The government of Burkina Faso has announced a new bill that will limit SIM card ownership in the country.
With the stated aim (similar to that of many other countries regulating SIM use) of increasing mobile security, a new bill, announced last week allows users to hold no more than two SIM cards from a mobile provider. In addition, the sale of SIM cards will only be permitted in approved agencies and points of sale.
One news outlet explains that the use of multiple SIM cards can allow for so-called SIM farms to be built. Multiple SIMs can then be connected to computer servers to send large amounts of SMS spam.
Aminata Zerbo-Sabané, Burkina Faso's Minister of Digital Transition, Posts, and Electronic Communications, has been quoted as saying that this measure is aimed at reducing the improper use of electronic communication services.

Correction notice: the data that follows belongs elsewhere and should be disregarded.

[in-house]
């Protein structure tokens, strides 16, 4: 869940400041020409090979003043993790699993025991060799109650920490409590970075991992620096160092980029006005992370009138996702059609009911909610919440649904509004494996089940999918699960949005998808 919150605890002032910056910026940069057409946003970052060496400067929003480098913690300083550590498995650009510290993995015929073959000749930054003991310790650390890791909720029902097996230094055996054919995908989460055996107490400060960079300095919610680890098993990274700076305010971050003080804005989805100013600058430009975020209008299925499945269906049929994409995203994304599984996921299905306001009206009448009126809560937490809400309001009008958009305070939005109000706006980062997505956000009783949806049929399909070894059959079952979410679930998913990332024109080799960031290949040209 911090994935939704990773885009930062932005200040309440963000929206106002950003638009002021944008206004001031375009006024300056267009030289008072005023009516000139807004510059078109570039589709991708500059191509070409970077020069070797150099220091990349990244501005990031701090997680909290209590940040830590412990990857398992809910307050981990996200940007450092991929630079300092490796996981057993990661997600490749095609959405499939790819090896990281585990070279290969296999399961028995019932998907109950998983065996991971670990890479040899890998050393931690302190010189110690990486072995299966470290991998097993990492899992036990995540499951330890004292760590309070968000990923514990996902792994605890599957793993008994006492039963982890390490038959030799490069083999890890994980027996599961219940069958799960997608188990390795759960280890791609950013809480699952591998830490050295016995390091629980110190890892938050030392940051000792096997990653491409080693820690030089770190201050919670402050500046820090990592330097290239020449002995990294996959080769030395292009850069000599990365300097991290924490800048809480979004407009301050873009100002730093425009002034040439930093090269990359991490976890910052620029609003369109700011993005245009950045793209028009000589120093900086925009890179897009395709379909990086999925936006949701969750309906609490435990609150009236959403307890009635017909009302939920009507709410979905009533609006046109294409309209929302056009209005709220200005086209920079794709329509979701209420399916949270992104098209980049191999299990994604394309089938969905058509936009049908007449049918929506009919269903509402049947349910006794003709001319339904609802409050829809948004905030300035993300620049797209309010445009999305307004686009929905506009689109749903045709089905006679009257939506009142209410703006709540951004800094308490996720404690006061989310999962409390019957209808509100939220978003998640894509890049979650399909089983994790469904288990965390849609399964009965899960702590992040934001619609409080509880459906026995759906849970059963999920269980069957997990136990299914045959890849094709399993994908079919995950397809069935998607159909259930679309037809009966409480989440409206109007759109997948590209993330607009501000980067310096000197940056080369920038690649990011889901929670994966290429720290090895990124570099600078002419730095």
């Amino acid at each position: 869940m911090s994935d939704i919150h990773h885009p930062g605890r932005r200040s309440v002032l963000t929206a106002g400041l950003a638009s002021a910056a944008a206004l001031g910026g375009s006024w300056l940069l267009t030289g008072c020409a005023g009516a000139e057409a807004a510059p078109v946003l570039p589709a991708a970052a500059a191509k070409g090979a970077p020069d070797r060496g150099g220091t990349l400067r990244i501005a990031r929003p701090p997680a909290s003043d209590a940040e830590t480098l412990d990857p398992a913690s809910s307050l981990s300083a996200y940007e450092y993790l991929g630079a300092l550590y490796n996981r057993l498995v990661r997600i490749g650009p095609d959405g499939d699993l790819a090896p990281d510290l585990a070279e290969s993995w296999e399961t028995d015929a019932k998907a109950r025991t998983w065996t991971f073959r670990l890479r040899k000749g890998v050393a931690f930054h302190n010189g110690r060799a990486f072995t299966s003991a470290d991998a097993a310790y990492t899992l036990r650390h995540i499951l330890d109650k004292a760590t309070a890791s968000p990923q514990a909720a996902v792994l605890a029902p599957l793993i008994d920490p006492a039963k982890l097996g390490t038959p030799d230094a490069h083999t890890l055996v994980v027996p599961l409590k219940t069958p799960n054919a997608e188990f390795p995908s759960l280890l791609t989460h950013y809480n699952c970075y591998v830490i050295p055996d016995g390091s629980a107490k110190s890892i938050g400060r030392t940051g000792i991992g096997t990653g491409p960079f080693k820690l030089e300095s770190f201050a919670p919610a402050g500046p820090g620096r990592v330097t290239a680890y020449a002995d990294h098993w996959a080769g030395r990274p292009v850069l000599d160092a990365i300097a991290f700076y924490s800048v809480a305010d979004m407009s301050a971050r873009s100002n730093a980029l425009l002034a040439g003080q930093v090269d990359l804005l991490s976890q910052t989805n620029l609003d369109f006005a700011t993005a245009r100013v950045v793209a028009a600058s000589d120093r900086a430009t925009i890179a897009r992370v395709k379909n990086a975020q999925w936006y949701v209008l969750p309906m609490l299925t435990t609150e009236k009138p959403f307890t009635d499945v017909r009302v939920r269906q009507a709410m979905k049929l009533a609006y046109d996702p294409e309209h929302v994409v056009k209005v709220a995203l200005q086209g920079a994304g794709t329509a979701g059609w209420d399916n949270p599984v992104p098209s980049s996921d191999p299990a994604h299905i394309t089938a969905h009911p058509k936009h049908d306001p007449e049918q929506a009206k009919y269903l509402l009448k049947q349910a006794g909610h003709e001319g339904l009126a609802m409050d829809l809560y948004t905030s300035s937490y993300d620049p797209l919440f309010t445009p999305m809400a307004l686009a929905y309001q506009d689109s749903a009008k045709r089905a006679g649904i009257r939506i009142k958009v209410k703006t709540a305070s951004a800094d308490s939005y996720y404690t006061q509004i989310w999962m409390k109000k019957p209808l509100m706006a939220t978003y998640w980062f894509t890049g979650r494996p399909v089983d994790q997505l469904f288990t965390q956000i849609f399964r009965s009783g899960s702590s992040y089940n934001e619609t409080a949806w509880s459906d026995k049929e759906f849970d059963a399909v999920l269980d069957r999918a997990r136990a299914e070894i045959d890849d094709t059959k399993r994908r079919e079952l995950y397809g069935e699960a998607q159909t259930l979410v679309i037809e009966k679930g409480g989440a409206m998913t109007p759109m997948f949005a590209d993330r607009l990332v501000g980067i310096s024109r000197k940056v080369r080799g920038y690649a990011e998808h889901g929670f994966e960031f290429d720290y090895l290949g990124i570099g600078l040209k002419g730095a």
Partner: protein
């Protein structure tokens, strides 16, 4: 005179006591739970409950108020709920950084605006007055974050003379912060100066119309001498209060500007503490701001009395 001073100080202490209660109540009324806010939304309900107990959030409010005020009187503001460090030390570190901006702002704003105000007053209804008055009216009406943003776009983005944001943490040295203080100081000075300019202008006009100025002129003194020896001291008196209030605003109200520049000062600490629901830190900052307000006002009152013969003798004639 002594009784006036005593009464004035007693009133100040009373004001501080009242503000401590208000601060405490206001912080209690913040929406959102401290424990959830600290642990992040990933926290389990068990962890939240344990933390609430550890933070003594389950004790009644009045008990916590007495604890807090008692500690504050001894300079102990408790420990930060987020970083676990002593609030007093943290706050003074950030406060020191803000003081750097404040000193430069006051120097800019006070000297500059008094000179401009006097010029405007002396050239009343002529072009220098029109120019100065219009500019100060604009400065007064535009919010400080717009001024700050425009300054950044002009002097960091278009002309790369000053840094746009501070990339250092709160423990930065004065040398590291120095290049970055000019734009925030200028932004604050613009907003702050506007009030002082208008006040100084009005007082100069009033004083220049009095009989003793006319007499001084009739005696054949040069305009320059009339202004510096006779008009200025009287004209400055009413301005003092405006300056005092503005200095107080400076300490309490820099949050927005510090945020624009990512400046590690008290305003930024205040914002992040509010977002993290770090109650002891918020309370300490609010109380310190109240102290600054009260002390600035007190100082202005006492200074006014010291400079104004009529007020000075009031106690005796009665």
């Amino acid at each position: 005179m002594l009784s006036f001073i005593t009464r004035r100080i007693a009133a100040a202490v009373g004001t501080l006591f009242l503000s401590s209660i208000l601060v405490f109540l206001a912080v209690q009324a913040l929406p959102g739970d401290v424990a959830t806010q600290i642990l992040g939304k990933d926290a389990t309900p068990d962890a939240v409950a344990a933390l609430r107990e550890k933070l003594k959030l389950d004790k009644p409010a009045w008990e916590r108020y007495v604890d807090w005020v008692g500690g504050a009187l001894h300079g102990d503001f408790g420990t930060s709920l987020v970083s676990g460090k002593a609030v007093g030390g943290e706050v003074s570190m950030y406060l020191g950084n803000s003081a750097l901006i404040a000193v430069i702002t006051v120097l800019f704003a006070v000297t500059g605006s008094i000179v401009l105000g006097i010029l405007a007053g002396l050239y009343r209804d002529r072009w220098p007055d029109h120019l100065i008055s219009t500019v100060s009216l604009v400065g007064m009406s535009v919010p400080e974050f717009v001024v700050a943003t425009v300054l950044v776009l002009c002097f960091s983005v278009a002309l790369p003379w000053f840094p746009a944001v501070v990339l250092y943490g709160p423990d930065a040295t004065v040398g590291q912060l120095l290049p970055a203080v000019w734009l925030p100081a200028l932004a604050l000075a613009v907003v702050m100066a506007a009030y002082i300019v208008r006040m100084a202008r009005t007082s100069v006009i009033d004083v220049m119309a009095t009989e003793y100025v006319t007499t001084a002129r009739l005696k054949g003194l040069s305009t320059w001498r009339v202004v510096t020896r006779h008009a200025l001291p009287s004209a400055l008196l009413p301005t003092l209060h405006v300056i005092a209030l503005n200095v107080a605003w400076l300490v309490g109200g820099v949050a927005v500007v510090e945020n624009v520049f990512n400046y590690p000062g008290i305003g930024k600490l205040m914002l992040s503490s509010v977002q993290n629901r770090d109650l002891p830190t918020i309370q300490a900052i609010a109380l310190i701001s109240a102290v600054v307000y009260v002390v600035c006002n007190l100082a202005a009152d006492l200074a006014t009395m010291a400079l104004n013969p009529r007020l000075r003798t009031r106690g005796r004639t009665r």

She mentioned in her announcement that there was already a December 2018 decree overseeing that identification process. “However, after several years of implementation, challenges and deficiencies have been observed,” she said.
While not, strictly speaking, a registration exercise, the controls on where SIM cards are sold will no doubt limit bulk sales of SIMs – and possibly, over time, affect subscription numbers.
In 2021, Togo set a cap on the number of active SIM cards per user per operator, but a number of other African countries seem to have gone down the registration route, with varying levels of success.
Whether caps on SIM ownership are more effective at limiting criminal ownership of SIMs is unclear, but they are probably a cheaper and less disruptive method than registration has so far proved to be in many countries.